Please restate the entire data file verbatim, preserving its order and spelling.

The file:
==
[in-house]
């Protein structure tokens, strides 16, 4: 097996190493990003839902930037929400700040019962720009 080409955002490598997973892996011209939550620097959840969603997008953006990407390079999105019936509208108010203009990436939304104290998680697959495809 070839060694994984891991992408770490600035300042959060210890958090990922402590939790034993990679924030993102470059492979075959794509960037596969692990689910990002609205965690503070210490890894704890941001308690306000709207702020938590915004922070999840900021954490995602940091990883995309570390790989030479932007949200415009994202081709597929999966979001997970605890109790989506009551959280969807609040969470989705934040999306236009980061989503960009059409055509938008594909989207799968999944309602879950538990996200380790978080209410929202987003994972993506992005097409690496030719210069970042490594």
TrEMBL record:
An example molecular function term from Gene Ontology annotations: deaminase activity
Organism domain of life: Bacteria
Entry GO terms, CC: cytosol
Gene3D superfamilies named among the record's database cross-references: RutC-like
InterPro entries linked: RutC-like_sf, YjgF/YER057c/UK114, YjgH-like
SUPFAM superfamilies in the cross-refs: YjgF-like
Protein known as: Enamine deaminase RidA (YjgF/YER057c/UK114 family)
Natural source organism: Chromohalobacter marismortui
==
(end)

[in-house]
């Protein structure tokens, strides 16, 4: 097996190493990003839902930037929400700040019962720009 080409955002490598997973892996011209939550620097959840969603997008953006990407390079999105019936509208108010203009990436939304104290998680697959495809 070839060694994984891991992408770490600035300042959060210890958090990922402590939790034993990679924030993102470059492979075959794509960037596969692990689910990002609205965690503070210490890894704890941001308690306000709207702020938590915004922070999840900021954490995602940091990883995309570390790989030479932007949200415009994202081709597929999966979001997970605890109790989506009551959280969807609040969470989705934040999306236009980061989503960009059409055509938008594909989207799968999944309602879950538990996200380790978080209410929202987003994972993506992005097409690496030719210069970042490594």
TrEMBL record:
An example molecular function term from Gene Ontology annotations: deaminase activity
Organism domain of life: Bacteria
Entry GO terms, CC: cytosol
Gene3D superfamilies named among the record's database cross-references: RutC-like
InterPro entries linked: RutC-like_sf, YjgF/YER057c/UK114, YjgH-like
SUPFAM superfamilies in the cross-refs: YjgF-like
Protein known as: Enamine deaminase RidA (YjgF/YER057c/UK114 family)
Natural source organism: Chromohalobacter marismortui